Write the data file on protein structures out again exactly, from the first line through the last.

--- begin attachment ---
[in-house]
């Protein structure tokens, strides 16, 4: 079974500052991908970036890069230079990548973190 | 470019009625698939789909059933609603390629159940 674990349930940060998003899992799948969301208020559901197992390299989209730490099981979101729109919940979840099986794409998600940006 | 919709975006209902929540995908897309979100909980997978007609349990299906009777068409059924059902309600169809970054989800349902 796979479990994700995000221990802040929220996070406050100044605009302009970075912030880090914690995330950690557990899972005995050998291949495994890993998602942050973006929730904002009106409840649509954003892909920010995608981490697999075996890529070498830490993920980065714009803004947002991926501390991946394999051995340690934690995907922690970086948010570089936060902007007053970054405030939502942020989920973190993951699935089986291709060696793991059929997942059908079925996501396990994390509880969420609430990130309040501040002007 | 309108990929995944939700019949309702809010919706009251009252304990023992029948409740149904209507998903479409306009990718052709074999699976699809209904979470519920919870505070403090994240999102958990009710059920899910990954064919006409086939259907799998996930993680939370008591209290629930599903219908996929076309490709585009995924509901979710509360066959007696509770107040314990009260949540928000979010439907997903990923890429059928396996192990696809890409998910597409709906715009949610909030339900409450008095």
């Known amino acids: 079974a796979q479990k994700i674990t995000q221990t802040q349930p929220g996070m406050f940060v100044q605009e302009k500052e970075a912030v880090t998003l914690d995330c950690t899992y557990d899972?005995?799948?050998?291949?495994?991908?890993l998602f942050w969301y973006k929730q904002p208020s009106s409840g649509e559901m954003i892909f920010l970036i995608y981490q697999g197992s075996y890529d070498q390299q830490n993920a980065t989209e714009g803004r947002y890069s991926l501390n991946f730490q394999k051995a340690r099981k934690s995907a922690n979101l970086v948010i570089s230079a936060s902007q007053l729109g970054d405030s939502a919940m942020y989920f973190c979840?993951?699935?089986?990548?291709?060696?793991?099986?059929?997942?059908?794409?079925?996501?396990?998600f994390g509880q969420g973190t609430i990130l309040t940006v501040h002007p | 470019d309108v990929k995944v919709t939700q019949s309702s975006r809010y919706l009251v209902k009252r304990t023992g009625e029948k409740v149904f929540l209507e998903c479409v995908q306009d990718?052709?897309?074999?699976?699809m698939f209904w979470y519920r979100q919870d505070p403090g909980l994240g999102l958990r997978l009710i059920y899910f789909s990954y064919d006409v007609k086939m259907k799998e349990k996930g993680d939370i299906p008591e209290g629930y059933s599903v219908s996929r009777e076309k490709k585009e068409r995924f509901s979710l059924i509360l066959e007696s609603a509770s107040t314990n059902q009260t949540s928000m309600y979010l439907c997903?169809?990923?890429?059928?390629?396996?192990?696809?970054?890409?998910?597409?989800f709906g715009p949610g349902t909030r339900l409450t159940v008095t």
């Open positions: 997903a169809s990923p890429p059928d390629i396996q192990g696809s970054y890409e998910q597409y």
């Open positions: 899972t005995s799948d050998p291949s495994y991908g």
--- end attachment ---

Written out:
[in-house]
């Protein structure tokens, strides 16, 4: 079974500052991908970036890069230079990548973190 | 470019009625698939789909059933609603390629159940 674990349930940060998003899992799948969301208020559901197992390299989209730490099981979101729109919940979840099986794409998600940006 | 919709975006209902929540995908897309979100909980997978007609349990299906009777068409059924059902309600169809970054989800349902 796979479990994700995000221990802040929220996070406050100044605009302009970075912030880090914690995330950690557990899972005995050998291949495994890993998602942050973006929730904002009106409840649509954003892909920010995608981490697999075996890529070498830490993920980065714009803004947002991926501390991946394999051995340690934690995907922690970086948010570089936060902007007053970054405030939502942020989920973190993951699935089986291709060696793991059929997942059908079925996501396990994390509880969420609430990130309040501040002007 | 309108990929995944939700019949309702809010919706009251009252304990023992029948409740149904209507998903479409306009990718052709074999699976699809209904979470519920919870505070403090994240999102958990009710059920899910990954064919006409086939259907799998996930993680939370008591209290629930599903219908996929076309490709585009995924509901979710509360066959007696509770107040314990009260949540928000979010439907997903990923890429059928396996192990696809890409998910597409709906715009949610909030339900409450008095």
């Known amino acids: 079974a796979q479990k994700i674990t995000q221990t802040q349930p929220g996070m406050f940060v100044q605009e302009k500052e970075a912030v880090t998003l914690d995330c950690t899992y557990d899972?005995?799948?050998?291949?495994?991908?890993l998602f942050w969301y973006k929730q904002p208020s009106s409840g649509e559901m954003i892909f920010l970036i995608y981490q697999g197992s075996y890529d070498q390299q830490n993920a980065t989209e714009g803004r947002y890069s991926l501390n991946f730490q394999k051995a340690r099981k934690s995907a922690n979101l970086v948010i570089s230079a936060s902007q007053l729109g970054d405030s939502a919940m942020y989920f973190c979840?993951?699935?089986?990548?291709?060696?793991?099986?059929?997942?059908?794409?079925?996501?396990?998600f994390g509880q969420g973190t609430i990130l309040t940006v501040h002007p | 470019d309108v990929k995944v919709t939700q019949s309702s975006r809010y919706l009251v209902k009252r304990t023992g009625e029948k409740v149904f929540l209507e998903c479409v995908q306009d990718?052709?897309?074999?699976?699809m698939f209904w979470y519920r979100q919870d505070p403090g909980l994240g999102l958990r997978l009710i059920y899910f789909s990954y064919d006409v007609k086939m259907k799998e349990k996930g993680d939370i299906p008591e209290g629930y059933s599903v219908s996929r009777e076309k490709k585009e068409r995924f509901s979710l059924i509360l066959e007696s609603a509770s107040t314990n059902q009260t949540s928000m309600y979010l439907c997903?169809?990923?890429?059928?390629?396996?192990?696809?970054?890409?998910?597409?989800f709906g715009p949610g349902t909030r339900l409450t159940v008095t």
């Open positions: 997903a169809s990923p890429p059928d390629i396996q192990g696809s970054y890409e998910q597409y």
């Open positions: 899972t005995s799948d050998p291949s495994y991908g």